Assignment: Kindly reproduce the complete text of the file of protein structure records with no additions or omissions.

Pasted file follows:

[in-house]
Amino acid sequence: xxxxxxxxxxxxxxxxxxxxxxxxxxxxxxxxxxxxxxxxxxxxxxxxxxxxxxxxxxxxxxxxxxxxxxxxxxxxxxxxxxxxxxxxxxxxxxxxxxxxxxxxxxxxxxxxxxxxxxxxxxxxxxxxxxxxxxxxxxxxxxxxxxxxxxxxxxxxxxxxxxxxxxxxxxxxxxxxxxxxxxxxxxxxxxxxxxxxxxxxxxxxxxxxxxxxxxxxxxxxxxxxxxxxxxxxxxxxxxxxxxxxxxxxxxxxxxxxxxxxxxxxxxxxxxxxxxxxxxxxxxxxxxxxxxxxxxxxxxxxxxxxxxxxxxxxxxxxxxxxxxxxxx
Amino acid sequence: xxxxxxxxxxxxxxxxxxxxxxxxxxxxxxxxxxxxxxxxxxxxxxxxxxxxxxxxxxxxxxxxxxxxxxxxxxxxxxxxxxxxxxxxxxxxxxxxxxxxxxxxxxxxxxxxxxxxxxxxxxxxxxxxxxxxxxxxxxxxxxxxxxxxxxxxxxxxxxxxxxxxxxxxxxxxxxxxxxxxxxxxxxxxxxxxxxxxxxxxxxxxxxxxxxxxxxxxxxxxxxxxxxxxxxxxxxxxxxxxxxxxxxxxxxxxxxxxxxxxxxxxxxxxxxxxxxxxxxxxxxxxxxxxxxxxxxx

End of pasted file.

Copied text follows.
[in-house]
Amino acid sequence: xxxxxxxxxxxxxxxxxxxxxxxxxxxxxxxxxxxxxxxxxxxxxxxxxxxxxxxxxxxxxxxxxxxxxxxxxxxxxxxxxxxxxxxxxxxxxxxxxxxxxxxxxxxxxxxxxxxxxxxxxxxxxxxxxxxxxxxxxxxxxxxxxxxxxxxxxxxxxxxxxxxxxxxxxxxxxxxxxxxxxxxxxxxxxxxxxxxxxxxxxxxxxxxxxxxxxxxxxxxxxxxxxxxxxxxxxxxxxxxxxxxxxxxxxxxxxxxxxxxxxxxxxxxxxxxxxxxxxxxxxxxxxxxxxxxxxxxxxxxxxxxxxxxxxxxxxxxxxxxxxxxxxx
Amino acid sequence: xxxxxxxxxxxxxxxxxxxxxxxxxxxxxxxxxxxxxxxxxxxxxxxxxxxxxxxxxxxxxxxxxxxxxxxxxxxxxxxxxxxxxxxxxxxxxxxxxxxxxxxxxxxxxxxxxxxxxxxxxxxxxxxxxxxxxxxxxxxxxxxxxxxxxxxxxxxxxxxxxxxxxxxxxxxxxxxxxxxxxxxxxxxxxxxxxxxxxxxxxxxxxxxxxxxxxxxxxxxxxxxxxxxxxxxxxxxxxxxxxxxxxxxxxxxxxxxxxxxxxxxxxxxxxxxxxxxxxxxxxxxxxxxxxxxxxxx